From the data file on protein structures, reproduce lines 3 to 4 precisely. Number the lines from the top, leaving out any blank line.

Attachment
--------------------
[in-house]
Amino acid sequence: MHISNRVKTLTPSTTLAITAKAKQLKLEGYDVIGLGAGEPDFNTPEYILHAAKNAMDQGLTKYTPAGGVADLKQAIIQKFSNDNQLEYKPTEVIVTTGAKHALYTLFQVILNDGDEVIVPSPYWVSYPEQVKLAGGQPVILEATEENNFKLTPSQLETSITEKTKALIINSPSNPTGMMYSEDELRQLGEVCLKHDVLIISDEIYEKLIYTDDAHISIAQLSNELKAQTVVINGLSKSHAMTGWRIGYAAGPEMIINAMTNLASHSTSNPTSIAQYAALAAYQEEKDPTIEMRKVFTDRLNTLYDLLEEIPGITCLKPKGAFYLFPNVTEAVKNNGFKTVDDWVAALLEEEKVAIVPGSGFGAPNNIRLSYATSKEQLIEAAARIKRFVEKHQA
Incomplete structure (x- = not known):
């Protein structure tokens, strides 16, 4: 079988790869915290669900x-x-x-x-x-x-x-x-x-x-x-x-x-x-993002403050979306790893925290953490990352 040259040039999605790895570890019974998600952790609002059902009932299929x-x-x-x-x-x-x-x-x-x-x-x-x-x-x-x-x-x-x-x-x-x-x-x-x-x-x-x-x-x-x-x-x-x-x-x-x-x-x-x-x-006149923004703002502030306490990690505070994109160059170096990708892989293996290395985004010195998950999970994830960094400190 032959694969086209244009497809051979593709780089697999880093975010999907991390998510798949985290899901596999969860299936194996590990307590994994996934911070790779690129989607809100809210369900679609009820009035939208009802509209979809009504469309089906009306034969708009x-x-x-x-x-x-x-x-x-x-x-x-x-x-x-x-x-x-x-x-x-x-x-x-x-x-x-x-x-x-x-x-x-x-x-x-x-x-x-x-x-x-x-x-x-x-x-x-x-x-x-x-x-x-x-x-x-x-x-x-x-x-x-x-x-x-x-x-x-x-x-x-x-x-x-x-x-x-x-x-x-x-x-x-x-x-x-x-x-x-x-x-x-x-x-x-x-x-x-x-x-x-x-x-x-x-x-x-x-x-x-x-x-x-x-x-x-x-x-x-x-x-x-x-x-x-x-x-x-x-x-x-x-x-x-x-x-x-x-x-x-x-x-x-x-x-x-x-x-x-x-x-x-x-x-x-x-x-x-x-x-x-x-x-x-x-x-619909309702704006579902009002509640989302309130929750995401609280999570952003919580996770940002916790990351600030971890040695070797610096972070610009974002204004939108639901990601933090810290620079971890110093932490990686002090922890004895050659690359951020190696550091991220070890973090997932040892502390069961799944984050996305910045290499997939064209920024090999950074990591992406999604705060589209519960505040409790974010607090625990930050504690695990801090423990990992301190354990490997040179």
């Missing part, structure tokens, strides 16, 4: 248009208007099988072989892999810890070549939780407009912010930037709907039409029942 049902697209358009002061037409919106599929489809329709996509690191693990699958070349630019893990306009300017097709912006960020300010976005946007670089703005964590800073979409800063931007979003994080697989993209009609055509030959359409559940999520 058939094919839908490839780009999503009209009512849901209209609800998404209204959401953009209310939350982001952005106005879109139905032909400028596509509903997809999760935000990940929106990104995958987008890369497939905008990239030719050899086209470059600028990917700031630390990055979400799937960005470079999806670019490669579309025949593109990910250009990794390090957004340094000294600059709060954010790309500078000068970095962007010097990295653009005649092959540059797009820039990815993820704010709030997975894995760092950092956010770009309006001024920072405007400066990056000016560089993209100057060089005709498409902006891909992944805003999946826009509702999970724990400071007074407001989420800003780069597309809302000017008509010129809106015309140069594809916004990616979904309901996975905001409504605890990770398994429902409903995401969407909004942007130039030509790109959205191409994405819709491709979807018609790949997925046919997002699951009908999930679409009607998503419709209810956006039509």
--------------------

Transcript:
Incomplete structure (x- = not known):
């Protein structure tokens, strides 16, 4: 079988790869915290669900x-x-x-x-x-x-x-x-x-x-x-x-x-x-993002403050979306790893925290953490990352 040259040039999605790895570890019974998600952790609002059902009932299929x-x-x-x-x-x-x-x-x-x-x-x-x-x-x-x-x-x-x-x-x-x-x-x-x-x-x-x-x-x-x-x-x-x-x-x-x-x-x-x-x-006149923004703002502030306490990690505070994109160059170096990708892989293996290395985004010195998950999970994830960094400190 032959694969086209244009497809051979593709780089697999880093975010999907991390998510798949985290899901596999969860299936194996590990307590994994996934911070790779690129989607809100809210369900679609009820009035939208009802509209979809009504469309089906009306034969708009x-x-x-x-x-x-x-x-x-x-x-x-x-x-x-x-x-x-x-x-x-x-x-x-x-x-x-x-x-x-x-x-x-x-x-x-x-x-x-x-x-x-x-x-x-x-x-x-x-x-x-x-x-x-x-x-x-x-x-x-x-x-x-x-x-x-x-x-x-x-x-x-x-x-x-x-x-x-x-x-x-x-x-x-x-x-x-x-x-x-x-x-x-x-x-x-x-x-x-x-x-x-x-x-x-x-x-x-x-x-x-x-x-x-x-x-x-x-x-x-x-x-x-x-x-x-x-x-x-x-x-x-x-x-x-x-x-x-x-x-x-x-x-x-x-x-x-x-x-x-x-x-x-x-x-x-x-x-x-x-x-x-x-x-x-x-x-619909309702704006579902009002509640989302309130929750995401609280999570952003919580996770940002916790990351600030971890040695070797610096972070610009974002204004939108639901990601933090810290620079971890110093932490990686002090922890004895050659690359951020190696550091991220070890973090997932040892502390069961799944984050996305910045290499997939064209920024090999950074990591992406999604705060589209519960505040409790974010607090625990930050504690695990801090423990990992301190354990490997040179």